10 Things to Inspect on a Used Car before Buying

Not everyone is a mechanic, but here's a list of simple things that you can check yourself

Fluids: Before starting the vehicle, check the oil level and the oil color. Make sure that it isn’t chunky or milky. Oil can be lighter or darker depending on the type used (synthetic or conventional), but it should have a consistent texture. Some people even like to smell the dipstick to see if it smells burnt. Also check the coolant in the radiator and reservoir to ensure there’s no corrosion or lumpiness in the fluid.

Engine sound: There are hundreds of components involved in modern internal combustion engines. Even for the experienced mechanic, it can be difficult to pinpoint certain sounds. But the overall idea is to make sure there’s no loud knocking or ticking sounds coming from the engine. If something sounds weird to you, make sure a trusted mechanic checks it out and gives it the OK before purchasing.

Transmission: During a test drive, be aware of how the car shifts as you accelerate. A solid transmission shouldn’t have any hard shifts, slips, or hesitation between gears.
A/C and heat: It’s easy forget to check the A/C on a used car in the wintertime (or the heat in the summertime).

Exterior lights: Make sure all lights are functional, including turn signals, brake lights, and hazard flashers.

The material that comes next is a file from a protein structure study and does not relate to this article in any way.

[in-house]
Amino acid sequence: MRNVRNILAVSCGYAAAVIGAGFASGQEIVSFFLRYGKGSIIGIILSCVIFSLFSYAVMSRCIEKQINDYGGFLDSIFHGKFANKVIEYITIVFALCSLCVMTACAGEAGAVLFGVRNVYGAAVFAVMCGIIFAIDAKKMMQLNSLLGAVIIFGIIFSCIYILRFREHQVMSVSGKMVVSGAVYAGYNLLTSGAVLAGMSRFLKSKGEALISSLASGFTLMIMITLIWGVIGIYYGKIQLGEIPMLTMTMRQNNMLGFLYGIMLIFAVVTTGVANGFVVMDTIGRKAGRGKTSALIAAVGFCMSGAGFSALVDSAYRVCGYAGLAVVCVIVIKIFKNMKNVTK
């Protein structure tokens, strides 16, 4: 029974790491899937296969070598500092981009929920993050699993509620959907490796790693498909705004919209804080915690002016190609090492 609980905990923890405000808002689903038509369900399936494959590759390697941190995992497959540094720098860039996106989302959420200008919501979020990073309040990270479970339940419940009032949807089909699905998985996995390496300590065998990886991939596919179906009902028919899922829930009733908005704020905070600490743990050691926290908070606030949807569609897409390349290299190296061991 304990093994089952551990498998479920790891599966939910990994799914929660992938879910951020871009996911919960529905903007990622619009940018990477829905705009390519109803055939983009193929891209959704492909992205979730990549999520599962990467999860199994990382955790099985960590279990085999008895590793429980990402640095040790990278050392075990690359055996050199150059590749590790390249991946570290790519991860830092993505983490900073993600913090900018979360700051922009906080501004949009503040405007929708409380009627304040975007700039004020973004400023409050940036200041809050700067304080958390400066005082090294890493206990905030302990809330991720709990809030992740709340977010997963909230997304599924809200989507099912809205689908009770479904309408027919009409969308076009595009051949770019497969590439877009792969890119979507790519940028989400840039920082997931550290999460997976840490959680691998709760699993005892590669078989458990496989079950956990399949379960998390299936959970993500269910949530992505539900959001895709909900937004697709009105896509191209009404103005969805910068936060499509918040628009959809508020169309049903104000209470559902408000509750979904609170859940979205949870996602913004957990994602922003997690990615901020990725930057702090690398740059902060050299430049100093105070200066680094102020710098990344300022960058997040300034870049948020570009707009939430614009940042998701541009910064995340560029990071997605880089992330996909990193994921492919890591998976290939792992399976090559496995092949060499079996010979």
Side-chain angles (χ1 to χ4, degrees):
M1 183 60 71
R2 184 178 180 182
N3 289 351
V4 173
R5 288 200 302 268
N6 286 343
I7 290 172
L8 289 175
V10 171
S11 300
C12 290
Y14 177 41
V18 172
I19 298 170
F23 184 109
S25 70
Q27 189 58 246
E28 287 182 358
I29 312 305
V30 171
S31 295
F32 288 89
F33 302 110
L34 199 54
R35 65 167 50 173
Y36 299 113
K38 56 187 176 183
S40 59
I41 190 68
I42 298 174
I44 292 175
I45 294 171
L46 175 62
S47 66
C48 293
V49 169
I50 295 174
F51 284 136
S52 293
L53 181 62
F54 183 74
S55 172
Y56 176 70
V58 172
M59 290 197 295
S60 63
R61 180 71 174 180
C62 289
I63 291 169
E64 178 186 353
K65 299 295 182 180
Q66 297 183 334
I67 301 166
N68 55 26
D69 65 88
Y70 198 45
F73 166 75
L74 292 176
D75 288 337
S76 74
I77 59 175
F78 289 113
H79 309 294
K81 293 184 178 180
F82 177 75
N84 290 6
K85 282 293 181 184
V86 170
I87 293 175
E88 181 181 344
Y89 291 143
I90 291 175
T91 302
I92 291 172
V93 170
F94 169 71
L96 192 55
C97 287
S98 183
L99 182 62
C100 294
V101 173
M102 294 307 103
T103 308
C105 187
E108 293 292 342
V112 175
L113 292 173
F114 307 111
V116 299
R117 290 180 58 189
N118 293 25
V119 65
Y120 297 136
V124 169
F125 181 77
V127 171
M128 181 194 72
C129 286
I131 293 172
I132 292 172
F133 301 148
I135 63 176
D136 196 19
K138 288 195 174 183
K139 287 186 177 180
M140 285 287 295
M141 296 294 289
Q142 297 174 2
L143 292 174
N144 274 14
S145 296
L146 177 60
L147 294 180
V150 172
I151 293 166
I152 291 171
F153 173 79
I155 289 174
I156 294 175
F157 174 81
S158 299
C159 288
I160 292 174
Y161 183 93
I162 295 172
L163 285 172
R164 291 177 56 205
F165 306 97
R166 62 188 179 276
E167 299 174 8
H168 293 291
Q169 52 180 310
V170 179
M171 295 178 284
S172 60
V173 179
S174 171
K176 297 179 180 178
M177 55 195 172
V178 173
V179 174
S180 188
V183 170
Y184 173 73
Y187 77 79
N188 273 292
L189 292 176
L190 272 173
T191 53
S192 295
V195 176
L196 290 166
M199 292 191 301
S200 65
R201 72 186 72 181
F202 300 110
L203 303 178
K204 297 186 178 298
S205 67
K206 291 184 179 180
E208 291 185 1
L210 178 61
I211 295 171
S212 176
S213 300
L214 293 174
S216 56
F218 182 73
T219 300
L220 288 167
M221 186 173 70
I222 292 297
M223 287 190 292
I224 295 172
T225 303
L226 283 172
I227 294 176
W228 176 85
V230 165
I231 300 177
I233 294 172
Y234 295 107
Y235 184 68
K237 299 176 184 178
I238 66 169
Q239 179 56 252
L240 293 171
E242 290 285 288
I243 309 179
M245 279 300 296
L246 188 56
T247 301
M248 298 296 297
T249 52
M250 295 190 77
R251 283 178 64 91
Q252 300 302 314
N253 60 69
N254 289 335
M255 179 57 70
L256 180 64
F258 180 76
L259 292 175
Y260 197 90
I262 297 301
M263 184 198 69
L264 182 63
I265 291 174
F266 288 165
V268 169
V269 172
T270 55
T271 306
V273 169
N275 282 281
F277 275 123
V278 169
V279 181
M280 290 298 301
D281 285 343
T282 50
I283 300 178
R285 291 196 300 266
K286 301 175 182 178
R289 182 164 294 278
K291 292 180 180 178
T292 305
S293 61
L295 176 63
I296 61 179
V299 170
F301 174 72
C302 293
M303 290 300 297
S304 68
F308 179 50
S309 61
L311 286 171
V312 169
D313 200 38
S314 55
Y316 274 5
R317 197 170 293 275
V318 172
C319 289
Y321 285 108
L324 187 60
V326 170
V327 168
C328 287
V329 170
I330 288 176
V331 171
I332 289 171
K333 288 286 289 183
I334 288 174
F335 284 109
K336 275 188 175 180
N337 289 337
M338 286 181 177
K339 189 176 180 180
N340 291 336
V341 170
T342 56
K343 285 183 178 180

Tire tread: The easiest way to check tire depth is by using a penny. Hold the penny upside down and insert it in the tread. If you can see Lincoln’s hairline, it’s time to replace the tires. If using a tire depth gauge, anything less than 4/32” needs to be replaced.

Undercarriage: Inspect the underside of the vehicle for signs of rust or damage. When it comes to rust on a vehicle a good saying is “if the rust is only skin deep, that’s a vehicle you can keep. But if it affects the frame, that can be a recipe for pain.”

Leaks: Look under the hood for any visible signs of leaks. You can also look at the front undercarriage to see if there’s any fluid underneath. Just be aware that if the A/C is running, it’s normal for condensation to drip underneath the vehicle (it would actually be bad if it didn’t).

Smells: When the engine is running, there shouldn’t be any weird odors coming from the motor or exhaust pipe. Smells are typically a sign that oil, antifreeze, or another fluid is being burnt or leaking.

Codes: If you have access to an OBDII scanner, plug it in and run a diagnostic. Make sure that there are no major check engine codes or incomplete readiness monitors.